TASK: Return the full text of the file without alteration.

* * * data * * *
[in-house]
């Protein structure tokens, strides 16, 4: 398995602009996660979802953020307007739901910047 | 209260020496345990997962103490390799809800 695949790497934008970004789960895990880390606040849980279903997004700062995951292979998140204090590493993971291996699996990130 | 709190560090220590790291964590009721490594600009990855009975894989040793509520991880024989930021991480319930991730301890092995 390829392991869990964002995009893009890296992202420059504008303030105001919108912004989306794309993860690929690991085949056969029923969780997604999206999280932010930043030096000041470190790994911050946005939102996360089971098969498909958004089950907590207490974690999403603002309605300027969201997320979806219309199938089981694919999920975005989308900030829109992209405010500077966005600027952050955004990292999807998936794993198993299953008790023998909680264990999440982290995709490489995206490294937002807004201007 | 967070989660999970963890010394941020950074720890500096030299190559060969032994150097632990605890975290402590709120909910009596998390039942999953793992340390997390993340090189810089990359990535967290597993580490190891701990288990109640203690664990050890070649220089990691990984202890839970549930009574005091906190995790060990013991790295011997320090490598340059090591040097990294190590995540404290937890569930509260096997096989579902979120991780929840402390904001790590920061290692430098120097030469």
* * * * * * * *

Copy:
[in-house]
């Protein structure tokens, strides 16, 4: 398995602009996660979802953020307007739901910047 | 209260020496345990997962103490390799809800 695949790497934008970004789960895990880390606040849980279903997004700062995951292979998140204090590493993971291996699996990130 | 709190560090220590790291964590009721490594600009990855009975894989040793509520991880024989930021991480319930991730301890092995 390829392991869990964002995009893009890296992202420059504008303030105001919108912004989306794309993860690929690991085949056969029923969780997604999206999280932010930043030096000041470190790994911050946005939102996360089971098969498909958004089950907590207490974690999403603002309605300027969201997320979806219309199938089981694919999920975005989308900030829109992209405010500077966005600027952050955004990292999807998936794993198993299953008790023998909680264990999440982290995709490489995206490294937002807004201007 | 967070989660999970963890010394941020950074720890500096030299190559060969032994150097632990605890975290402590709120909910009596998390039942999953793992340390997390993340090189810089990359990535967290597993580490190891701990288990109640203690664990050890070649220089990691990984202890839970549930009574005091906190995790060990013991790295011997320090490598340059090591040097990294190590995540404290937890569930509260096997096989579902979120991780929840402390904001790590920061290692430098120097030469």